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I have a mini motherboard, I need to run a OpenCV library in my Linux kernel. I don't want to use the common distros. I wud like to write my ...
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    Question Basic Requirements


    I have a mini motherboard, I need to run a OpenCV library in my Linux kernel. I don't want to use the common distros. I wud like to write my own layer over the kernel. I want to kno what are the components I have code for running basic PC dedicated to image processing. No GUI, only Command line interface. No graphical display needed - the bot just has to process the images and to act accordingly. No network interfaces for now(may be in future). I'm in need of serious help...

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    What's wrong with using a common distro? I think a better place to start is to get a common distro (like Debian) and then start stripping components out of it. Much simpler than trying to build it all yourself. There'll be lots of tools for how to build "custom" debian distro disks. Doing it all yourself from the kernel up is going to be a huge amount of work. Not worth it if the point of the exercise is to get OpenCV running.

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    Lightbulb My Idea changed somehow.

    Quote Originally Posted by mgrosvenor View Post
    What's wrong with using a common distro? I think a better place to start is to get a common distro (like Debian) and then start stripping components out of it. Much simpler than trying to build it all yourself. There'll be lots of tools for how to build "custom" debian distro disks. Doing it all yourself from the kernel up is going to be a huge amount of work. Not worth it if the point of the exercise is to get OpenCV running.
    After some research, it true what u r saying. what are the necessary packages required for an os except the kernel. can u give some list of utilities that I shud compile from Debian(my choice) source.. I'm reading LinuxFromScratch guide. I's like to know the list of necesary packages.

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    Quote Originally Posted by vanangamudi View Post
    After some research, it true what u r saying. what are the necessary packages required for an os except the kernel. can u give some list of utilities that I shud compile from Debian(my choice) source.. I'm reading LinuxFromScratch guide. I's like to know the list of necesary packages.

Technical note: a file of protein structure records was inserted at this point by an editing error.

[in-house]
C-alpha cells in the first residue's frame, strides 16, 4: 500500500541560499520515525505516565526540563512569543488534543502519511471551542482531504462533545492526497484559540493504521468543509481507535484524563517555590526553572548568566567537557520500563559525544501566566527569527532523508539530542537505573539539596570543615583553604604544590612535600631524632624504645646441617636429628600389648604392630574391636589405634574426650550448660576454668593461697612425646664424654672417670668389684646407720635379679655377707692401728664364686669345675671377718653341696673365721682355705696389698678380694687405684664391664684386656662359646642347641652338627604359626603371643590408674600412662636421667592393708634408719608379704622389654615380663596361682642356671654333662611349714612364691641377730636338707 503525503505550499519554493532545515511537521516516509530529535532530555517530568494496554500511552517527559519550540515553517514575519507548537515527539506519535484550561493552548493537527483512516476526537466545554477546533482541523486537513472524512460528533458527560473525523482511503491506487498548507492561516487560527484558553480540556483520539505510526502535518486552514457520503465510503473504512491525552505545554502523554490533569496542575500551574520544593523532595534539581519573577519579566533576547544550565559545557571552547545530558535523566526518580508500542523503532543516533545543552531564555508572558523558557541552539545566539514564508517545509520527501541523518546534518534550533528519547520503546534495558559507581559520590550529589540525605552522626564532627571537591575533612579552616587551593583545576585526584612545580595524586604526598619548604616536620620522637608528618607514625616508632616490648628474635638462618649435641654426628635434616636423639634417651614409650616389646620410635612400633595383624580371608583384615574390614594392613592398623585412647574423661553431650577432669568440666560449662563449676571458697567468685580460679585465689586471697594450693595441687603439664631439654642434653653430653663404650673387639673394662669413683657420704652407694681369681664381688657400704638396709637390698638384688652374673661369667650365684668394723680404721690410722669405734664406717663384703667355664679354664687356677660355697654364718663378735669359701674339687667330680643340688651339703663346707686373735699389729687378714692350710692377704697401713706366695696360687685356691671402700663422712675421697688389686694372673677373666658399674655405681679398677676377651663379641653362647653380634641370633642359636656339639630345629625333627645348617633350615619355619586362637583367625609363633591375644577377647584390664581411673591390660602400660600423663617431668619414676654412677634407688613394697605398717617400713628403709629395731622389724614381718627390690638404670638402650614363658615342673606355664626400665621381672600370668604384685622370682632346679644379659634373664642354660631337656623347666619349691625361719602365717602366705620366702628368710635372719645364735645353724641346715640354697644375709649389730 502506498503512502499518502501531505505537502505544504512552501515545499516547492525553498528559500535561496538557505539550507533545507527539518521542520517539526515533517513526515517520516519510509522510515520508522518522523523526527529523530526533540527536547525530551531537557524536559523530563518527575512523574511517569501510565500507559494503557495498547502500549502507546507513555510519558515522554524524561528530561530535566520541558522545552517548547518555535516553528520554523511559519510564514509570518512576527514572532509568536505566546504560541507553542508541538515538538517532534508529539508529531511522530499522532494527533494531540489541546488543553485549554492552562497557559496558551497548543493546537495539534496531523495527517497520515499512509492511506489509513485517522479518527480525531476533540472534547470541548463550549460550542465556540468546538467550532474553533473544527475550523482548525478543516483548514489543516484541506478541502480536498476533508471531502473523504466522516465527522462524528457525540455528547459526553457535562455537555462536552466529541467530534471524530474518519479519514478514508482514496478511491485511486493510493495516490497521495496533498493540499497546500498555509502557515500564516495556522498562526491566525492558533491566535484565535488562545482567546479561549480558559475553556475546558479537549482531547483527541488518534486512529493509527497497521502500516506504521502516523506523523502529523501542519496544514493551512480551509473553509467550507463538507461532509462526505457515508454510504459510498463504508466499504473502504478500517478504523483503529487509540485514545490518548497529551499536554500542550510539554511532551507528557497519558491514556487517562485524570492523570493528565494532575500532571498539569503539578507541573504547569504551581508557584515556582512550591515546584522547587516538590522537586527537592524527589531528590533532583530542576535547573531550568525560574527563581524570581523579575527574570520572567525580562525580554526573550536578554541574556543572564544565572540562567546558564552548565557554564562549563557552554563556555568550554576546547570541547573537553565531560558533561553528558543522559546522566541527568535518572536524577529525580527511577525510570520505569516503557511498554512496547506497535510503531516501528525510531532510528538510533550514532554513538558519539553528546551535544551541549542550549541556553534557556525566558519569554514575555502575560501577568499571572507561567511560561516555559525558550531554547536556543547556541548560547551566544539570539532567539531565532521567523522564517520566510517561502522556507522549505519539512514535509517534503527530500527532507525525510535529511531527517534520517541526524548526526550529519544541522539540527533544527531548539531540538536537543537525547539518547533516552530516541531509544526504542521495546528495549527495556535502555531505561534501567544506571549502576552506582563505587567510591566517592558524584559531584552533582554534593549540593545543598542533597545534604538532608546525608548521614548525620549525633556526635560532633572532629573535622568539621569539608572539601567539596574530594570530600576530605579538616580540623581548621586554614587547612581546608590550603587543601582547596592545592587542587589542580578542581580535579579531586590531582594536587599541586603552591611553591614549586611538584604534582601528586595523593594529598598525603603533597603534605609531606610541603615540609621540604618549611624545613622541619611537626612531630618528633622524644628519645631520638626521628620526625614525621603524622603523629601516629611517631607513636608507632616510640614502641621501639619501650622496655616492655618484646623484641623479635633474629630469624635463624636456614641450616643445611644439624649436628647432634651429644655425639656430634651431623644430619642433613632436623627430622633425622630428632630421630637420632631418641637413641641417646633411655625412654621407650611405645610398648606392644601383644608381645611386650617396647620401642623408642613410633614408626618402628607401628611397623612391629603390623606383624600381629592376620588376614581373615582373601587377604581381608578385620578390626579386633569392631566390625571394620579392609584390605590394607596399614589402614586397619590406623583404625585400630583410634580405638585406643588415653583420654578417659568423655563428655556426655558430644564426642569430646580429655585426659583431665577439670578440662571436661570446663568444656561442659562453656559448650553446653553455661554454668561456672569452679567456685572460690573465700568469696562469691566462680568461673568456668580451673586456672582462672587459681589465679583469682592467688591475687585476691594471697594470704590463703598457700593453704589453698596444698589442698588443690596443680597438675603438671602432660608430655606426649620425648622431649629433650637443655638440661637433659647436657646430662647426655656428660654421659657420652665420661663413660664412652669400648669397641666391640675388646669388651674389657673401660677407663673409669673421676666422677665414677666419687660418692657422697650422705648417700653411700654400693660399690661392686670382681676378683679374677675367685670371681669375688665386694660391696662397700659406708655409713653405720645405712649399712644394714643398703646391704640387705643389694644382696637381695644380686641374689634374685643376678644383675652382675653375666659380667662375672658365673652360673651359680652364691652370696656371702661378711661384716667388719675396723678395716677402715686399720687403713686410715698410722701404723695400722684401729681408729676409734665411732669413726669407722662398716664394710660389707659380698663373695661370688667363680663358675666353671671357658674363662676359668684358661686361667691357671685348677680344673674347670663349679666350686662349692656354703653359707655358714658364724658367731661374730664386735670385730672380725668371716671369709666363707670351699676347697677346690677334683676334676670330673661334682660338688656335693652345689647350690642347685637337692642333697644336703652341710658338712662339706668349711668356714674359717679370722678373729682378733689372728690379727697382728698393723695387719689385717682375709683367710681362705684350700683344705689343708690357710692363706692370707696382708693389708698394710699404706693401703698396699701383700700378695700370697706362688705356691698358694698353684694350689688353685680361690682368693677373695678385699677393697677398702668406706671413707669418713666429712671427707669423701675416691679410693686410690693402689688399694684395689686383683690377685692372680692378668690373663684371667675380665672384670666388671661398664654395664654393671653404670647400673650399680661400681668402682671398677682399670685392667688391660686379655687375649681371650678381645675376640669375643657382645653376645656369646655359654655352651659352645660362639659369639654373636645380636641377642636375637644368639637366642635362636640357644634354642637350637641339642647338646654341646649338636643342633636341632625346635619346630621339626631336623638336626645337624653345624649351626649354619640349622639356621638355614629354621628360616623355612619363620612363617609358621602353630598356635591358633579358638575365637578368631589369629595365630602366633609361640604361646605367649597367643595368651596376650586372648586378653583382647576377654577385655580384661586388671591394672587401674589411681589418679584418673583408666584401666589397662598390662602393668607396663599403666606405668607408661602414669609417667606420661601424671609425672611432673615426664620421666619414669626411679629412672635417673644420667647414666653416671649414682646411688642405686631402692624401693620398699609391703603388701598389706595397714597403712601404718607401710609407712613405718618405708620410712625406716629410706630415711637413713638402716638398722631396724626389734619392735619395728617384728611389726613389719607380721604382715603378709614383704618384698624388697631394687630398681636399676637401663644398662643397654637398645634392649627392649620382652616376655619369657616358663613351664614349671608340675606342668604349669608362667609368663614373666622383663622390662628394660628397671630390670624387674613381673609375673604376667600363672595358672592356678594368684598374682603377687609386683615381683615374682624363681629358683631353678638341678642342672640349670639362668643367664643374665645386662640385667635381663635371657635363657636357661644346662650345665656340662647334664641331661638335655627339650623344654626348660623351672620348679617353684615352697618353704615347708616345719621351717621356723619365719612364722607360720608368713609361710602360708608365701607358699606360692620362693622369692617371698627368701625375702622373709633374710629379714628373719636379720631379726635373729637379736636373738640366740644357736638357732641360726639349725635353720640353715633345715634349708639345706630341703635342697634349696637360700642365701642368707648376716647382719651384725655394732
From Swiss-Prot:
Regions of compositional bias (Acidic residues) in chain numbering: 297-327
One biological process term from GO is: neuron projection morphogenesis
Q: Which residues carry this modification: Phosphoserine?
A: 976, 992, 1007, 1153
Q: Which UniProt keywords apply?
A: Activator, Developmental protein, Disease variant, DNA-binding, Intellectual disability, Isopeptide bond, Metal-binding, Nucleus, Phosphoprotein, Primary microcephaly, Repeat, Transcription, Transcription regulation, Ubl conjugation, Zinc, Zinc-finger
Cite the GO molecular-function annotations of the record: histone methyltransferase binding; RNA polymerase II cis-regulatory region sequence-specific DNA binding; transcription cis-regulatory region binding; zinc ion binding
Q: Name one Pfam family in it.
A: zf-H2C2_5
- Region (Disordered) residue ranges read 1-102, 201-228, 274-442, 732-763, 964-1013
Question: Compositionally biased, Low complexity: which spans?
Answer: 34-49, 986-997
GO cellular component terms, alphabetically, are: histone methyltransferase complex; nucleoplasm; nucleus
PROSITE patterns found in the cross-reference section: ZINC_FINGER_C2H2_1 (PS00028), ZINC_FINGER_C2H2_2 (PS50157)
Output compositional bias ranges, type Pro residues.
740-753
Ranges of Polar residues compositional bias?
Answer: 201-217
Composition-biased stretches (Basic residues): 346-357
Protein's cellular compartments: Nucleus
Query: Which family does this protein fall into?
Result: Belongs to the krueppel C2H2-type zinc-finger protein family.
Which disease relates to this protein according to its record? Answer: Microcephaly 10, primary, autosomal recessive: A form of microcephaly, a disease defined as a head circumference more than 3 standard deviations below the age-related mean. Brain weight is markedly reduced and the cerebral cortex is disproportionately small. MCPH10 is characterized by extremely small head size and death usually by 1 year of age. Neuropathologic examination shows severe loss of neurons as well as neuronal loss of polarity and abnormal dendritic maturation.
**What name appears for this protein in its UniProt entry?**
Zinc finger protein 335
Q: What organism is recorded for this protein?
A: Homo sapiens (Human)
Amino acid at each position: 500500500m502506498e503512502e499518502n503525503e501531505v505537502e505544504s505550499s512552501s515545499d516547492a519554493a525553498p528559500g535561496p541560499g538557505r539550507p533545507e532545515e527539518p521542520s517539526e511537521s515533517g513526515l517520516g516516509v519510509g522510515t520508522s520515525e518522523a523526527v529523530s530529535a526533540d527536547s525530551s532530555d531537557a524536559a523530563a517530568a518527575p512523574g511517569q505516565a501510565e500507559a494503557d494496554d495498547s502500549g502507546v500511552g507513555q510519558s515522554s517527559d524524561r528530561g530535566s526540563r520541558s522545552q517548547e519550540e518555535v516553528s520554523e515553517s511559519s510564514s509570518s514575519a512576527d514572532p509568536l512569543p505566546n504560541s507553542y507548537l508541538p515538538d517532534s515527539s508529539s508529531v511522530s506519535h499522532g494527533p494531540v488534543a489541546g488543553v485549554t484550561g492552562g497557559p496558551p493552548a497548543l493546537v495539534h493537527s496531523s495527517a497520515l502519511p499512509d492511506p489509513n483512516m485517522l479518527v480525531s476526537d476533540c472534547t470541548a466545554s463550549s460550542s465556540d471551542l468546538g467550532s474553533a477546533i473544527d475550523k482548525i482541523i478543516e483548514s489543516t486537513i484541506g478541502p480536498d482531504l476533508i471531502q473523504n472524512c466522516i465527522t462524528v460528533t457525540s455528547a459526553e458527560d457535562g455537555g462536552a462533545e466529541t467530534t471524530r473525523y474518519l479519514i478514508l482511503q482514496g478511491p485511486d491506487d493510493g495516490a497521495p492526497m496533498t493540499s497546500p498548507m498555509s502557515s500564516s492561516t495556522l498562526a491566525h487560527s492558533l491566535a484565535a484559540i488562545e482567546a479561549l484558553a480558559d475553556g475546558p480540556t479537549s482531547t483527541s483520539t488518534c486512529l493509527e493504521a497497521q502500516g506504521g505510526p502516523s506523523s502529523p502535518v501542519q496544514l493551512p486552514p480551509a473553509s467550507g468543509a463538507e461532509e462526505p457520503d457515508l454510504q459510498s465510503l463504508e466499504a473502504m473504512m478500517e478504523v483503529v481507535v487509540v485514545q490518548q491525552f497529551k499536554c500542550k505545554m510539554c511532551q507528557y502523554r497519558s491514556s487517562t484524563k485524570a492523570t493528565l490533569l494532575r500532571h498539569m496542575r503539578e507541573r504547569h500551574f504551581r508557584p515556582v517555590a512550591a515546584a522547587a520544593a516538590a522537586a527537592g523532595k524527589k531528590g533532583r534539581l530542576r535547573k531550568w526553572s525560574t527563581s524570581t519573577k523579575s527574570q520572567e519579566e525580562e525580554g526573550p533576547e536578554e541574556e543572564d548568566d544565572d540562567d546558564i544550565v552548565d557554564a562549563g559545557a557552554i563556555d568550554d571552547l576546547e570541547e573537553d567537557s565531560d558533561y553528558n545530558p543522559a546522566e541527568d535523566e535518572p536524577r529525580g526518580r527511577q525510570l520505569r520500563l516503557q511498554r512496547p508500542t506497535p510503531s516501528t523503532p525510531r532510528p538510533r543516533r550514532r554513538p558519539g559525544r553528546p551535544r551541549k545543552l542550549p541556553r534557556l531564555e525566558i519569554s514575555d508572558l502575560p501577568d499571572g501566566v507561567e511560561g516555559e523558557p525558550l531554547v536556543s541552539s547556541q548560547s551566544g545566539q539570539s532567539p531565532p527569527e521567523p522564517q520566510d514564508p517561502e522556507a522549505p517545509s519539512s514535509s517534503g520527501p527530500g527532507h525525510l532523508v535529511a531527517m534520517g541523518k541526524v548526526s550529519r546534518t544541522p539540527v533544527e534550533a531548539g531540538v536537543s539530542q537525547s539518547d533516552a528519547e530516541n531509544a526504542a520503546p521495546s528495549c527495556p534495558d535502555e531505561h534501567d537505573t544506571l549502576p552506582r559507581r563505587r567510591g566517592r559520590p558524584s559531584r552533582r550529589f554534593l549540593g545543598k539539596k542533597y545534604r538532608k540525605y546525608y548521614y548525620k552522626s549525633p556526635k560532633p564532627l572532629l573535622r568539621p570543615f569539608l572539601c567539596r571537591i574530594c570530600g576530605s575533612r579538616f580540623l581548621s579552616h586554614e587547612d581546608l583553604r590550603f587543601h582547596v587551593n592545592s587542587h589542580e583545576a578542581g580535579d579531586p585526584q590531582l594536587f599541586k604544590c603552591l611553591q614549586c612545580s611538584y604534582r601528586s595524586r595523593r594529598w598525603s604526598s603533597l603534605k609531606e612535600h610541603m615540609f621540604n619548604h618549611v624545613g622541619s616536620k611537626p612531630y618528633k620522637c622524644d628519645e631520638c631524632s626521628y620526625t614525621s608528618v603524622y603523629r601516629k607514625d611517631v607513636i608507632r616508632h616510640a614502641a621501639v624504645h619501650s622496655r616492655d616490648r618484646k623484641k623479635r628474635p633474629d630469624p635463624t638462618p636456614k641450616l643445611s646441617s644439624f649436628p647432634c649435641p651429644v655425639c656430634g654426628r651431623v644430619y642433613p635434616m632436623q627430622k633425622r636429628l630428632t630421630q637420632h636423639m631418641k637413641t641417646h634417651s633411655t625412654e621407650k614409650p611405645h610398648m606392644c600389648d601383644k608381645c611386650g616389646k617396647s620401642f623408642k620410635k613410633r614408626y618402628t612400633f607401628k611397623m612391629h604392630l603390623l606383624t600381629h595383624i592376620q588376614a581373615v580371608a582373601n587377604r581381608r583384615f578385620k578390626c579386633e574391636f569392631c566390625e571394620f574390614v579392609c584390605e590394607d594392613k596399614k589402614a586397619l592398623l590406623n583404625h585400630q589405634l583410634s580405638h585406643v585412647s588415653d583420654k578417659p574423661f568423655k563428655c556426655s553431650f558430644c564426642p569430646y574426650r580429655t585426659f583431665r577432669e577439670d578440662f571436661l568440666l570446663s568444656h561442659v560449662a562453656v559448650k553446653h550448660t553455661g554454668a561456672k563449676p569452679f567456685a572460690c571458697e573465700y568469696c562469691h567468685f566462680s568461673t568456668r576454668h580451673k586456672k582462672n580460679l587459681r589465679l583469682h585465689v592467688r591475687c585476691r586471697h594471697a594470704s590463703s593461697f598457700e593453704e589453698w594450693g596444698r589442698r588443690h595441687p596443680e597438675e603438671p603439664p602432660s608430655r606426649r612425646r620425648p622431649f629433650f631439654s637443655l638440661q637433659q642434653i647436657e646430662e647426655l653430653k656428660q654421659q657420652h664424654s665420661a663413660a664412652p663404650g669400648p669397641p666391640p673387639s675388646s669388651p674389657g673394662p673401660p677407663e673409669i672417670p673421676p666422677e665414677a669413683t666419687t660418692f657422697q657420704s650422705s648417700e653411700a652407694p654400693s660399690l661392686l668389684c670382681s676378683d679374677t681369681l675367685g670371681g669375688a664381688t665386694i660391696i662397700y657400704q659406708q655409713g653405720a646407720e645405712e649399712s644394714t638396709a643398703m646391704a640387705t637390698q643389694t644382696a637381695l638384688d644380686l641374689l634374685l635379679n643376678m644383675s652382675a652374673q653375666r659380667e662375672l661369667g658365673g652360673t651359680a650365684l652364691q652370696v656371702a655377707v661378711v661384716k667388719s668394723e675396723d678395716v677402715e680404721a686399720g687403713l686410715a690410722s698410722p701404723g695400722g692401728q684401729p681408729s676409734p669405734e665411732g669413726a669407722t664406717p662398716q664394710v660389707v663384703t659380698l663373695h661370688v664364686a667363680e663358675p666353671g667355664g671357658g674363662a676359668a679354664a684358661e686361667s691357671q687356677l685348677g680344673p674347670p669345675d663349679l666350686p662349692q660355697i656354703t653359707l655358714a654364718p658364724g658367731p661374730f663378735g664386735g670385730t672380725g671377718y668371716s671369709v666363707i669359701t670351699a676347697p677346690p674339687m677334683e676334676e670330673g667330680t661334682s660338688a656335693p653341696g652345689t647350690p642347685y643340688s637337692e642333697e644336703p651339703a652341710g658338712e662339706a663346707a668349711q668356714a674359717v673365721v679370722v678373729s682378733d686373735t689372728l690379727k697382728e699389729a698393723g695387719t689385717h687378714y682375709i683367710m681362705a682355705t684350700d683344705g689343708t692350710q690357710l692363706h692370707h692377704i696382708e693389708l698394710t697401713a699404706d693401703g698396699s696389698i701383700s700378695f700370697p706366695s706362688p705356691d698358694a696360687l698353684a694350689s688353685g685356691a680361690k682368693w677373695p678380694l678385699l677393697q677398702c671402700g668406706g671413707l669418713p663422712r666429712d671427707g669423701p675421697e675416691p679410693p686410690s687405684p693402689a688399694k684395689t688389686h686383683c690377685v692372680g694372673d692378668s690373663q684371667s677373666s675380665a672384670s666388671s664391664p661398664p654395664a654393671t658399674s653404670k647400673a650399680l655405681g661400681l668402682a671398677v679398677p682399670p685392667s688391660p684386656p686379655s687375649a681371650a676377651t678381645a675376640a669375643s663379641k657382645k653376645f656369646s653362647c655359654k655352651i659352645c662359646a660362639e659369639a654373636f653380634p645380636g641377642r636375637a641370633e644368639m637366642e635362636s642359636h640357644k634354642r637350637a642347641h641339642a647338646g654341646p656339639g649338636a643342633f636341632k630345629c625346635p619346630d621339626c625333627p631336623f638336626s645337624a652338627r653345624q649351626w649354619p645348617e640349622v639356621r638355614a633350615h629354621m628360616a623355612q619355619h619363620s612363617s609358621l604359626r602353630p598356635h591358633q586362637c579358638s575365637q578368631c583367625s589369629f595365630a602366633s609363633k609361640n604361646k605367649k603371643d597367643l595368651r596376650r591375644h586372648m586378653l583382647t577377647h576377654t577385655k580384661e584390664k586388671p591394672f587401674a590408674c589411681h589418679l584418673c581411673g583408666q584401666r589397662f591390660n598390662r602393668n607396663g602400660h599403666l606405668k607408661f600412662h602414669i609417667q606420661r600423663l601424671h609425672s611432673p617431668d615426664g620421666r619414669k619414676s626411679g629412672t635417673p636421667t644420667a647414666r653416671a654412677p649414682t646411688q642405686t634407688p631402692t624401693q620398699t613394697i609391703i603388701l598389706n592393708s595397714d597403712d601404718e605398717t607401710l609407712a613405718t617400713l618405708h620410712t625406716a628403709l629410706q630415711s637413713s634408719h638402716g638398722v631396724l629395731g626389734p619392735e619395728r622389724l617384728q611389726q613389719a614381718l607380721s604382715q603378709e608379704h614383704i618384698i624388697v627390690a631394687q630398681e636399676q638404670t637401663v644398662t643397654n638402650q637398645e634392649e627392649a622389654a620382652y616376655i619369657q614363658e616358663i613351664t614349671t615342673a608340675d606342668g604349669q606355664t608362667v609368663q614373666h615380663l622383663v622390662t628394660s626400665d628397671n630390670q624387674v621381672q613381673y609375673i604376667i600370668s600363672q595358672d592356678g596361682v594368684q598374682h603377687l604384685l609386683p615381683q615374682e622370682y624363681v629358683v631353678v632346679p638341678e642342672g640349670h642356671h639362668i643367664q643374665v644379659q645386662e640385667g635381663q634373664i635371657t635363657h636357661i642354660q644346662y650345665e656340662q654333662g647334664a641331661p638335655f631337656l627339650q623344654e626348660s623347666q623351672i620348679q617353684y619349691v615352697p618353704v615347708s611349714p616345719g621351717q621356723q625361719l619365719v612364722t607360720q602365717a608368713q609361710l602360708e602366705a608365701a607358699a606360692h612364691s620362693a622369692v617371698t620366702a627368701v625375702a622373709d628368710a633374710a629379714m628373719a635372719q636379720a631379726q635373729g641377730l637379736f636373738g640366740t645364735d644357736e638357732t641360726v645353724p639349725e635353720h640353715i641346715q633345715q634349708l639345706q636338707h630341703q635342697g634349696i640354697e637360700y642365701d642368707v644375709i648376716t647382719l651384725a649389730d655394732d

Probably all you need is debian base, grub and bash. You can do all your code development on another machine and then copy it over using bash. If you are really hardcore when you are ready for production, you can set the kernel flag init=/bin/your_application to make your application the only thing that runs on the machine. Remember though, the more you take away, the less you get for free.

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    Quote Originally Posted by mgrosvenor View Post
    the more you take away, the less you get for free.
    what do you mean by this.

    Quote Originally Posted by mgrosvenor View Post
    kernel flag init=/bin/your_application to make your application the only thing that runs on the machine
    you mean the system can be completely optimized for my application. You mean I could do that with these packages, eliminating unneccesary apps and drivers???

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    Quote Originally Posted by vanangamudi View Post
    what do you mean by this
    Some things are completely unnecessary. Some things are only unnecessary until you need them. For instance. is "ls" necessary? Not really if everything is working. But it's very necessary if you can't find something.

    Quote Originally Posted by vanangamudi View Post
    you mean the system can be completely optimized for my application. You mean I could do that with these packages, eliminating unneccesary apps and drivers???
    It's possible, of that I have no doubt, but is is worth it? Certainly not! If you want to get really fancy, you could write your application as a module that you compile into the kernel directly. Then you'd need no user space software at all. But is is worth it? No! No! No! Building and debugging kernel modules is really hard. (trust me!)

    Honestly, I think what you need is to simply get a debian installation and remove X-windows and anything that depends on it. That way you'll still have a functional machine with a command line only. You can start your program from bash and you have tools to debug when things go wrong.

    If at some point in the future you want to deploy to production, then sure, you can fight the pain of sliming it down more. But really why bother for development. You're just going to make your life hard and there is no good reason for doing that.